Martha: You recently posted about schema.org, entities and the future of search. Can you tell us a bit about your thoughts on where this is going?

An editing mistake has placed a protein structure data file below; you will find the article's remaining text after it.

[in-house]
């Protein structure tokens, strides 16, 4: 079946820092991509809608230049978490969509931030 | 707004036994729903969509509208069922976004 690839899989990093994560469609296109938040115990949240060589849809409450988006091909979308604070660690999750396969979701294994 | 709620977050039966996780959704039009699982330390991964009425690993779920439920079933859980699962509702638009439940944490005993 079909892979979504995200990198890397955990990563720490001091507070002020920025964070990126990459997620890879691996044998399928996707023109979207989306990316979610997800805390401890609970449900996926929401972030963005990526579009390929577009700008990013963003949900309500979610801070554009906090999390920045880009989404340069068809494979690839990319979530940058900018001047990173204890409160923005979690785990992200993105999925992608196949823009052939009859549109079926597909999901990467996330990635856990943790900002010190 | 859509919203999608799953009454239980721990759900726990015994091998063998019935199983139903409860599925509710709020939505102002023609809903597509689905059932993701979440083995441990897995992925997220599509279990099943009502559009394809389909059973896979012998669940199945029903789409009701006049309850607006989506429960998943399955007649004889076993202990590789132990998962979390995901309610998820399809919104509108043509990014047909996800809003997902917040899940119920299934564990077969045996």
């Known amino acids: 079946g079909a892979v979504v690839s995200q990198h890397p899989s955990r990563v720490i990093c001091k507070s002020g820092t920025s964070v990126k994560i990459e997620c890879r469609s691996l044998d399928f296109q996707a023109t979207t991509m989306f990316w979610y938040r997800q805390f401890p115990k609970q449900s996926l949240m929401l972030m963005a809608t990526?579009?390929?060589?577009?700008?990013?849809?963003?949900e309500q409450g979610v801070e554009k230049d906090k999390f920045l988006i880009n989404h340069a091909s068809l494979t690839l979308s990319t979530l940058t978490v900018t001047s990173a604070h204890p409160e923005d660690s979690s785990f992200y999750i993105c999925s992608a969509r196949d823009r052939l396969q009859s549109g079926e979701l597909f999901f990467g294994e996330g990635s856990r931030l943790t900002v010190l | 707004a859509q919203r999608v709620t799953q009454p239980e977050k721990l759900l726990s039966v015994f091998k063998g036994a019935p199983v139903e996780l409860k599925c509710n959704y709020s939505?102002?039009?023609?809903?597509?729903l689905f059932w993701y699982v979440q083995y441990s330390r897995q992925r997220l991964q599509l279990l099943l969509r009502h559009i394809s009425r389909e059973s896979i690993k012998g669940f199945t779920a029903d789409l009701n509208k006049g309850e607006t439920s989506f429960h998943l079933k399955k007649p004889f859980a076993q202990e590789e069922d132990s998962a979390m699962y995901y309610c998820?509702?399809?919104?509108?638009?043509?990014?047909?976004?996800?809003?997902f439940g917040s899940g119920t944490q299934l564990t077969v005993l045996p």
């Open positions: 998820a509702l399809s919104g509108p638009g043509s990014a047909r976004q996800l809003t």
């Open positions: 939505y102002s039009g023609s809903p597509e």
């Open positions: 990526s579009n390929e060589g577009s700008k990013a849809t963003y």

Ryan: If you read the Google patents that have come out in the last couple of months and also the changing of the guard when it comes to who is running Google search it sounds like they’re definitely going down the artificial intelligence path. A patent that came out in February said that they are clearly training rank brain or whatever it is to understand and identify entities. Right, so if you ask Google who is the president of the United States, it will say Barack Obama. It’s not gonna send you to a website to give you that answer. Google seems like they’re trying to become an answer engine rather that search engine. So at any time they can just give you the answer rather than sending you to a website. It seems like they prefer to do that. But the only way they can do that is if they can definitively identify, what they call entities, or in schema.org terms a ‘thing.’ So if you have the word ‘bat’ – b a t – without semantics it’s unclear whether that’s a baseball bat, whether that’s an animal, or whether I batted away a volleyball. The word itself is not enough but if you can attach meaning to it, like animal, now you’re talking about the entity that the animal is. Now Google goes ‘Oh, right you’re talking about the animal.’ That chaps away all of that extraneous crap that they don’t have to think about when trying to figure out what your site is about. You can also do this with companies.